Friday, September 30, 2005
Iowa Business Council on taxpayer financed productivity
The Iowa Business Council is makin' noise over the need to “enhance” early childhood education. This past Sunday, in David Elbert’s press release rewrite of a column, the Business Council types waxed on about the importance of early childhood while shilling for their ECD forum. And yesterday, we got Vilsack’s second act on early childhood education policy. As reported by Radio
Governor Tom Vilsack will ask legislators in January to spend more state money on preschool programs. "One may ask 'Where is the money going to come from?' well, I would suggest to you it is a priority and in your family budgets, in your business budgets, in your state budget, priorities get funded," Vilsack says. … He says preschool shouldn't just be for really poor kids who qualify for government-financed "Head Start" or for really rich kids whose parents can afford to pay for preschool. The governor says for the
to retain its edge in the world market, the imagination of all American kids must continue to be fostered and that must start in preschool. … part of the new money he'll ask for will be spent trying to boost the salaries of preschool teachers. "A lot of us talk about the importance of youngsters...yet we are content to allow basically minimum wage to be paid to those who care for our children," Vilsack says. Vilsack made his comments this (Thursday) morning during a speech at forum the U.S. Business Council sponsored to discuss the status of early childhood education. Iowa
It is a little suspect that the business guys are so interested in early childhood issues, until you realize it’s all about subsidizing employee productivity. The only reason businesses are at the table on this issue is it helps their bottom line. If parents perceive that their kids are “well taken care of”, then they’re going to be able to focus on their jobs and not their kids.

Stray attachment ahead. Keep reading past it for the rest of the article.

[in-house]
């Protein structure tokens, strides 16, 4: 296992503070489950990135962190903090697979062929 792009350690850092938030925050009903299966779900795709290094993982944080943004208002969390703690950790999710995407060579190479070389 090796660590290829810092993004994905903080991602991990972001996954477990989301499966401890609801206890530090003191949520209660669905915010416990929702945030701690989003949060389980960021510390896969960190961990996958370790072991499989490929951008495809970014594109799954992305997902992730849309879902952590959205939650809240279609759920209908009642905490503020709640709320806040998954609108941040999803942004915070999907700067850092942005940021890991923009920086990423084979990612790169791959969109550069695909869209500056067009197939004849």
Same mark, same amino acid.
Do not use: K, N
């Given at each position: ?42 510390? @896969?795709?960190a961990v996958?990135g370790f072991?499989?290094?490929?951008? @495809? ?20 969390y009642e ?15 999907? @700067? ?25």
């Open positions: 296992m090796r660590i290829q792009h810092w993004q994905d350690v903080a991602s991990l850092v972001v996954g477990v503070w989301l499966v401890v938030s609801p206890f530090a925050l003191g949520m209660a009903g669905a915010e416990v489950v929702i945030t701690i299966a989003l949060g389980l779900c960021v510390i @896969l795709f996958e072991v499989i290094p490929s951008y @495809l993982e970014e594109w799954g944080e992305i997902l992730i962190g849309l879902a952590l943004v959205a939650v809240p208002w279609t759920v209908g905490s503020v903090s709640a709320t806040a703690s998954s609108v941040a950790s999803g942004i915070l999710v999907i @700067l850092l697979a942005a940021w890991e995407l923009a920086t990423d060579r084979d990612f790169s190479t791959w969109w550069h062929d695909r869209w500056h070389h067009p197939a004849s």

It makes perfect sense. We get the state, and by default the taxpayers, to foot the bill for what is in effect subsidized childcare. If you are putting kids into state subsidized preschool, regardless of a parent’s income, it’ll shave a year or two off childcare costs. That is great if you have babies or are thinking about having babies, but it doesn’t do much for the
There is no disputing the value of early childhood education, both the social and individual return on investment is quite remarkable. Remember, we’re talking about an investments’ return and, frankly, it’s not a real brain twister to figure out that spending money to insure preschool for an at-risk child who otherwise might not attend a preschool program is a great investment as, oh, compared to encouraging housewives to go for those advanced degrees.
The crux of the problem is who pays. According to Vilsack, the state should subsidize all preschool, not limiting those state subsidies to income tests. However, the Minneapolis Fed studies suggest that the most efficacious use of tax dollars for early childhood education is in subsidizing preschool access for at-risk families. The studies do not suggest subsidizing preschool for every student, and, in fact, intimate that doing so may not be the best use of tax dollars. Then again, these guys waste other people’s money all the time, so pile it on Gov.
Some sort of compromise will emerge out of all of this education talk; Vilsack will get his early childhood program (this is all about Rob Reiner & his Palm files) and the GOP will get their early out to college plan. The difficult part is that it'll end up an expensive policy compromise: given that all we're doing is shifting the k-12 schedule, so instead of entering a "kindergarten" program at five they enter at four and then exit high school after their junior year at age seventeen.
Seventeen—hard to think about adding five years to our twelve year old and sending him out the door.
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